Social Capital

I’ve been thinking about this idea of social capital for a while. I feel like I only have so much influence, and I need to be careful where I spend it. It’s like the strategy games my husband likes to play. If I have 20 influence points, do I want to spend 10 of them on changing the font on the flyer, or do I save all 20 to fix the grammar? I’m afraid I can’t do both. And so, I don’t always speak up on matters that seem to be small, so I can save my influence for things that seem big.

My fear stems from being too much. I’m afraid that if I speak up all the time, people will stop listening to me. If I take up more space, people may take what I say less seriously. It’s like the more rare a thing is, the more valuable it is. So I have to make my voice be rare, so it can be valued.

I’ve been trying to question this story, because it is a story that I’ve invented. I could tell myself another story, such as my voice is so important that people want to hear from me all the time. That the more I speak up, the more of an expert I am, and the more people will pay attention to me.

But the idea of limited influence points didn’t come from nothing. We get it when someone says “Let’s hear from someone who hasn’t spoken up yet.” I like hearing those words, because I like hearing from everyone! But at the same time, it can imply to a sensitive speaker that they are oversharing. In fact, TMI, Too Much Information, implies that there is such a thing as just the right amount of information, and we need to be socially adept at telling where that line is.

How much is too much seems to depend on social status. Men can get away with talking more in meetings than women can. Higher ranked people can talk more than lower ranked. White people can express more opinions than people of color. At least, that’s my perception of how the world seems to work.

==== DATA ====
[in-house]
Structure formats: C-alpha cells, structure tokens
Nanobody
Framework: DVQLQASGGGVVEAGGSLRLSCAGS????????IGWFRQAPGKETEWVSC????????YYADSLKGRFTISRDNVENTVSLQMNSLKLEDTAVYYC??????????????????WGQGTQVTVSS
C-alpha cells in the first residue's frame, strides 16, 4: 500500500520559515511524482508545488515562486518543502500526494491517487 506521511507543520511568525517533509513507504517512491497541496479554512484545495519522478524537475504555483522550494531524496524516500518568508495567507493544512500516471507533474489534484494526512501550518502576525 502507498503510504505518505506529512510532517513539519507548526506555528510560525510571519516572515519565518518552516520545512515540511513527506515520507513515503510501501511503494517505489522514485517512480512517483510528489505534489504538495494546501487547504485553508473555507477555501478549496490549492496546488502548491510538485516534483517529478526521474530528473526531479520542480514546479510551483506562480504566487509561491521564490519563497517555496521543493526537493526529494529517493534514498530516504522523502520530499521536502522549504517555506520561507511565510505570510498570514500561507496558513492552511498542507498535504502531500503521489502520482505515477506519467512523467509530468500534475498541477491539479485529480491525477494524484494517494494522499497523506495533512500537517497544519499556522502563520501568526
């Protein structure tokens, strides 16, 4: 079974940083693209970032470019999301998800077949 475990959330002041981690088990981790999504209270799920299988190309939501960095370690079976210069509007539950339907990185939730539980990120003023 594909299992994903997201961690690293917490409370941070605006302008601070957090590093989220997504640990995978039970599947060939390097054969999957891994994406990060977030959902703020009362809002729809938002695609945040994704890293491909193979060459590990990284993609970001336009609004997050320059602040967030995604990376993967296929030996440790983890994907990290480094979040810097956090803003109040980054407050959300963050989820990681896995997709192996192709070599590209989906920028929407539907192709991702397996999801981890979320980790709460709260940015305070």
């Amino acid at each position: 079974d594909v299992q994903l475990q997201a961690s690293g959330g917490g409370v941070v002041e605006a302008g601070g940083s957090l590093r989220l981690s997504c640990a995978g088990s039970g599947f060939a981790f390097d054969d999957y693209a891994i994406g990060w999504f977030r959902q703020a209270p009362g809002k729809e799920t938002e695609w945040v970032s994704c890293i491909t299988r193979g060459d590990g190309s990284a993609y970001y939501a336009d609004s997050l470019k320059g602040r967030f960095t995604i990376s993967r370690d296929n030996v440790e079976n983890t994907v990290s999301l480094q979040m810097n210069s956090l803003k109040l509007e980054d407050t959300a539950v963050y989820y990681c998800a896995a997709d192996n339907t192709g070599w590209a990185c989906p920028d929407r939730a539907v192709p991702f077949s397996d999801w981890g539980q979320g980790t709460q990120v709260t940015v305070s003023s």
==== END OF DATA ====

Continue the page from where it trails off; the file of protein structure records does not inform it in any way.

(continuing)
But this means that people don’t speak up about the microaggressions that happen every day. They save up their energy for the big things. They fight for those people of color killed by police, rather than the judge who assumed the man at the table had to be the defendant, rather than the lawyer, based on the color of his skin. I didn’t tell the very tall man that he loomed over me and could he please step back a bit, he was in my space. Why? I was waiting to see if I would have to speak up about something he might say or do that would be more clearly crossing a line. My own comfort is small potatoes compared to assault.

Not speaking up eventually leads to resentment and disengagement, at least in my experience. So I am practicing speaking up about the little things that I once regarded as not worth using up my influence. I’m choosing to believe that there is not a limited amount of social capital, and that I have the right and even obligation to speak my truth whenever it seems important to do so. No one else can speak it for me.

What is your experience? Do you believe in a shortage of social capital? Why or why not?

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